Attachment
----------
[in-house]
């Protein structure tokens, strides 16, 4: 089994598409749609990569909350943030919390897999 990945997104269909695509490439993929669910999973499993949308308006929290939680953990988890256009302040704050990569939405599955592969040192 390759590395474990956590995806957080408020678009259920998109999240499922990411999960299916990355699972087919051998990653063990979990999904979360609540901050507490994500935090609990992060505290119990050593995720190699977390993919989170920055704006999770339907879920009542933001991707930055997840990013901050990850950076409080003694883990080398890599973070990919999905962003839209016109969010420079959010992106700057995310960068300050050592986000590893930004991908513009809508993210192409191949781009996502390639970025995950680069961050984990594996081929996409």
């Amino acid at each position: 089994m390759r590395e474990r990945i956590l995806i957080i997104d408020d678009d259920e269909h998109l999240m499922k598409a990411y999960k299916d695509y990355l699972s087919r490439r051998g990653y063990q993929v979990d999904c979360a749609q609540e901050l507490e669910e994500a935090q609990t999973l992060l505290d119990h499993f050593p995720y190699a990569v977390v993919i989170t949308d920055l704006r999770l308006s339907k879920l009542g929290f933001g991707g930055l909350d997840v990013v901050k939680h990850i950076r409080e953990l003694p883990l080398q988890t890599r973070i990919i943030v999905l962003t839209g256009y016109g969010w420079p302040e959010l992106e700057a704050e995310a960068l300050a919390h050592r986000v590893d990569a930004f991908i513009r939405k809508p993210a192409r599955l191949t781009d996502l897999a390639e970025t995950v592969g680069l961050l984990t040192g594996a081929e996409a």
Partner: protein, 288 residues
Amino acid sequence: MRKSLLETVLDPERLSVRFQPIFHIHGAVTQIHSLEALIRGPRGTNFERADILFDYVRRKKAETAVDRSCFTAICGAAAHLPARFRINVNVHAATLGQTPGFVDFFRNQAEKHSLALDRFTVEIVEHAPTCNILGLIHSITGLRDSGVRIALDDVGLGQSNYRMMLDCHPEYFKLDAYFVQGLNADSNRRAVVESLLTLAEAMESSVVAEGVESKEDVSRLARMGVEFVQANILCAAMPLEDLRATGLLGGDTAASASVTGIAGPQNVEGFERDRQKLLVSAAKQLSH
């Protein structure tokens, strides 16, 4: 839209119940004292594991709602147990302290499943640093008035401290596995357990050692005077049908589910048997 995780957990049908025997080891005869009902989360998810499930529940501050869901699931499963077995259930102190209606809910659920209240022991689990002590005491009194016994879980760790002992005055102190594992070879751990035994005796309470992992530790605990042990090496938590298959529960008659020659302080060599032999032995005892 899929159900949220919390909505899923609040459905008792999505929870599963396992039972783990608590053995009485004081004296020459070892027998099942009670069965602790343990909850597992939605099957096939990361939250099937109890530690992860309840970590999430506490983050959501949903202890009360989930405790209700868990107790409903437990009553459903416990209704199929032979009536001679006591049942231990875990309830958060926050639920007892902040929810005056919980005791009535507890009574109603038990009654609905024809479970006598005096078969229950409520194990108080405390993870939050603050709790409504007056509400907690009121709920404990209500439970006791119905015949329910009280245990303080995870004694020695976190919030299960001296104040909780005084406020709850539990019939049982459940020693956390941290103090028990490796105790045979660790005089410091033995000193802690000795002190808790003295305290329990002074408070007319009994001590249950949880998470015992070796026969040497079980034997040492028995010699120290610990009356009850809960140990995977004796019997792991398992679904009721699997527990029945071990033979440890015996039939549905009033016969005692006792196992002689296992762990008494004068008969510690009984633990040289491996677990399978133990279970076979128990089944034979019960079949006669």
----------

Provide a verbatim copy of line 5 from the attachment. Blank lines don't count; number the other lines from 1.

Amino acid sequence: MRKSLLETVLDPERLSVRFQPIFHIHGAVTQIHSLEALIRGPRGTNFERADILFDYVRRKKAETAVDRSCFTAICGAAAHLPARFRINVNVHAATLGQTPGFVDFFRNQAEKHSLALDRFTVEIVEHAPTCNILGLIHSITGLRDSGVRIALDDVGLGQSNYRMMLDCHPEYFKLDAYFVQGLNADSNRRAVVESLLTLAEAMESSVVAEGVESKEDVSRLARMGVEFVQANILCAAMPLEDLRATGLLGGDTAASASVTGIAGPQNVEGFERDRQKLLVSAAKQLSH